• Load the highest samples on the right side (when standing in front of the microscope) of the stage. In any case, do not load samples that differ strongly in height.

001 - multisatge samplepositions

  • Keep the stage clean. Use basic household cleaning products.

Notes on sample preparation

  • Use long stub pins. Short stub pins will not work well.
  • Avoid using C-tape to mount samples on a stub. It “sets” over time and may cause therefore drift during ablation. Use colloidal silver instead.

NavCam

To use the NavCam

– Do not take a NavCam image during pumping. It may be imprecise because o-ring movements during pumping. Better to wait until pumping is finished.

– Move the stage to its 7 mm working distance: start the e-beam, focus, link and set Z= 7.0 mm.

– take the image (stage > take nav-cam photo or CTRL+SHIFT+Z).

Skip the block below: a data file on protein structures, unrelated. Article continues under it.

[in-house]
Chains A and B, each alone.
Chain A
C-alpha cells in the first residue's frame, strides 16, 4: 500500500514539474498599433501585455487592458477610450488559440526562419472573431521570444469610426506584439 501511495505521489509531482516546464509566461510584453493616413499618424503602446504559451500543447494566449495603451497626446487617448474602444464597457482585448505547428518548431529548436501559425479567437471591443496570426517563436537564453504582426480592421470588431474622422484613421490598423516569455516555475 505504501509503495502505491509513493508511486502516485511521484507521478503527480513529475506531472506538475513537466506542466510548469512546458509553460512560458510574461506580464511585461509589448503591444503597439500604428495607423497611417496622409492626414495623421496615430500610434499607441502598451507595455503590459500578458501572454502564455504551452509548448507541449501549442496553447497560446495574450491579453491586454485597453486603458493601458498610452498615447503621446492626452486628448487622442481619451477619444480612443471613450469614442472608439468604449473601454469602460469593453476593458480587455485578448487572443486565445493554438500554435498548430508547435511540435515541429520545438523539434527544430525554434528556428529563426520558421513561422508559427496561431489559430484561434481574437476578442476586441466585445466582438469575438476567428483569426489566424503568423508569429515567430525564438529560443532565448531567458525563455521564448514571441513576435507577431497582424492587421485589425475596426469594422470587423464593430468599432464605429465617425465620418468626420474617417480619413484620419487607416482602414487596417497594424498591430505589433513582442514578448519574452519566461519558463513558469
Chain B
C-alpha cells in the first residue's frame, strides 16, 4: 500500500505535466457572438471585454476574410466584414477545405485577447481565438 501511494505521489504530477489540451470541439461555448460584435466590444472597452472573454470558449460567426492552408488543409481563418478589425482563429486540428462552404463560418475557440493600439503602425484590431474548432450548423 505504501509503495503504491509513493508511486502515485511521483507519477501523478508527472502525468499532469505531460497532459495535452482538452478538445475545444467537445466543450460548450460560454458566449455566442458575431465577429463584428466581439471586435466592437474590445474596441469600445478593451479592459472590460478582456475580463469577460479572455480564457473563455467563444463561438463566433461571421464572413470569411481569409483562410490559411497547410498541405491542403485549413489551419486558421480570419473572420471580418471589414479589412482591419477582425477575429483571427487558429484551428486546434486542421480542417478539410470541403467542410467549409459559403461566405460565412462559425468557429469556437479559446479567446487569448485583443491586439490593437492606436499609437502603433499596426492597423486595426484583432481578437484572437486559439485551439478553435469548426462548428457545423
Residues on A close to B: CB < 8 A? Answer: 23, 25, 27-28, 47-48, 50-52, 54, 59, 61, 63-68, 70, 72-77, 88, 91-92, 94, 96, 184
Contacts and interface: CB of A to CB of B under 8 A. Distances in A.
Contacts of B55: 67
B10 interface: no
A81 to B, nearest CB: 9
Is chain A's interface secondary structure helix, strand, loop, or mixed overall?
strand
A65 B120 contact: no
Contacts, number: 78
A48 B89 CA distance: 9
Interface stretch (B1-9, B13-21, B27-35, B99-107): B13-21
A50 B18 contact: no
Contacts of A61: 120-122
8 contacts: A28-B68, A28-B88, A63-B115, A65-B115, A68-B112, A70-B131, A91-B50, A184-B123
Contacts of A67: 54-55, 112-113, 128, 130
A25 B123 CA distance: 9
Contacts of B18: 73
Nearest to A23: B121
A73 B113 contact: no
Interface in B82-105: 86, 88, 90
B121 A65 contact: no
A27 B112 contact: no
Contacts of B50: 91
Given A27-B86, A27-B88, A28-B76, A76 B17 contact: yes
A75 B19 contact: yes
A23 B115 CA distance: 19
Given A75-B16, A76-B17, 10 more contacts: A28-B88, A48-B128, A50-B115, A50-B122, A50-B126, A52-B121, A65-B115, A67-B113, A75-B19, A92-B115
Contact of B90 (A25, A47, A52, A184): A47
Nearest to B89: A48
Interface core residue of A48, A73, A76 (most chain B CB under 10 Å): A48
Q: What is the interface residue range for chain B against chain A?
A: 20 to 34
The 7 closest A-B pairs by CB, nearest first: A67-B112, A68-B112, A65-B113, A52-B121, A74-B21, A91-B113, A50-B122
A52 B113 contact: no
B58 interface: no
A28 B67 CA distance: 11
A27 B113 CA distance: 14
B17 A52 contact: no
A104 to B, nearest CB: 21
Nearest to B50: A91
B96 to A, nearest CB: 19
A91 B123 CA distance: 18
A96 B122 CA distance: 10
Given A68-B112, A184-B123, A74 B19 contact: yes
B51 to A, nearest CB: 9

– in the stage camera window (not the nav cam window), double click. This will set the 7 mm overlay line to the correct height of 7 mm

Electron Column

Overview
  • The SEM beam and Ga beam are 38° apart (the FIB beam is at 52°, the e-beam at 90°). The working distance (WD) of the SEM is set at 7 mm by the factury, the Ga beam 19 mm. CTRL+F will reset the WD of both beams to these values. The WD of the ion beam MUST be 19 mm. If the sample is tilted to 52° and at 19mm but not in focus, the ion-beam alignments must be repeated.
  • The beams are meeting at the Beam Coincidence Point (BCP). See below. Everything is aligned to the BCP.
  • FIB resolution < SEM resolution. Typically, a FIB can produce 5 nm resolution at 30 kV, SEM about 1 nm at 30 kV. Due to the higher mass of the Ga compared to electrons, the Ga is more prone to produce surface information.
Alignments

All alignments will be made by the supervisor

  • Chamber cleaning: every month, less than 1 hour, including 3-4 cycles. Damage on the EDS windows is expected at 700 hours of plasma cleaning
  • Ion beam alignments: every 2 months
  • Electron beam alignment: every 2 weeks
Column modes

There are three column modes: standard, OptiPlan and OptiTilt

Standard mode